Intrinsic oscillatory activity arising within the electrically coupled AII amacrine-ON cone bipolar cell network is driven by voltage-gated Na+ channels.
Published Web Locationhttps://doi.org/10.1113/jphysiol.2011.225060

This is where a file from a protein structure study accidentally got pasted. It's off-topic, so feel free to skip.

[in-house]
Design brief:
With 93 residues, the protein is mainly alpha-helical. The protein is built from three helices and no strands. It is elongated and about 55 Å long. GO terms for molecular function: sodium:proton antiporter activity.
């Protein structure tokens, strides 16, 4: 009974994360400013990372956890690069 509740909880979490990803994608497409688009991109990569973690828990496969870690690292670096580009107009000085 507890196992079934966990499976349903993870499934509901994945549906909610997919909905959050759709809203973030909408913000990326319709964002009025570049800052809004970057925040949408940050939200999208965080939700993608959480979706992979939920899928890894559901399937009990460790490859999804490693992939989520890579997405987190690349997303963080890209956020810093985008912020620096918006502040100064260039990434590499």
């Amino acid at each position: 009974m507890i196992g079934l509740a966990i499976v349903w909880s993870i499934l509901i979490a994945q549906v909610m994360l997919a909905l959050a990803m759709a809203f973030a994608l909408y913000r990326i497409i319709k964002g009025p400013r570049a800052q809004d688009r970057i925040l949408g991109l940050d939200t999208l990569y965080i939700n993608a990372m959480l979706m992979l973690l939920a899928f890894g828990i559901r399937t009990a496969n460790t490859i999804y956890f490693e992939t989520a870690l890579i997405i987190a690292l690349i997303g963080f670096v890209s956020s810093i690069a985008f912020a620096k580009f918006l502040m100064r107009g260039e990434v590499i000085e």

In the rd1 mouse model for retinal degeneration, the loss of photoreceptors results in oscillatory activity (∼10–20 Hz) within the remnant electrically coupled network of retinal ON cone bipolar and AII amacrine cells. We tested the role of hyperpolarization-activated currents (I(h)), voltage-gated Na(+) channels and gap junctions in mediating such oscillatory activity. Blocking I(h) (1 mm Cs(+)) hyperpolarized the network and augmented activity, while antagonizing voltage-dependent Na(+) channels (1 μm TTX) abolished oscillatory activity in the AII amacrine-ON cone bipolar cell network. Voltage-gated Na(+) channels were only observed in AII amacrine cells, implicating these cells as major drivers of activity. Pharmacologically uncoupling the network (200 μm meclofenamic acid (MFA)) blocked oscillations in all cells indicating that Na(+) channels exert their influence over multiple cell types within the network. In wt retina, occluding photoreceptor inputs to bipolar cells (10 μm NBQX and 50 μm l-AP4) resulted in a mild (∼10 mV) hyperpolarization and the induction of oscillatory activity within the AII amacrine-ON cone bipolar cell network. These oscillations had similar properties to those observed in rd1 retina, suggesting that no major degeneration-induced network rewiring is required to trigger spontaneous oscillations. Finally, we constructed a simplified computational model that exhibited Na(+) channel-dependent network oscillations. In this model, mild heterogeneities in channel densities between individual neurons reproduced our experimental findings. These results indicate that TTX-sensitive Na(+) channels in AII amacrine cells trigger degeneration-induced network oscillations, which provide a persistent synaptic drive to downstream remnant neurons, thus appearing to replace photoreceptors as the principal drivers of retinal activity.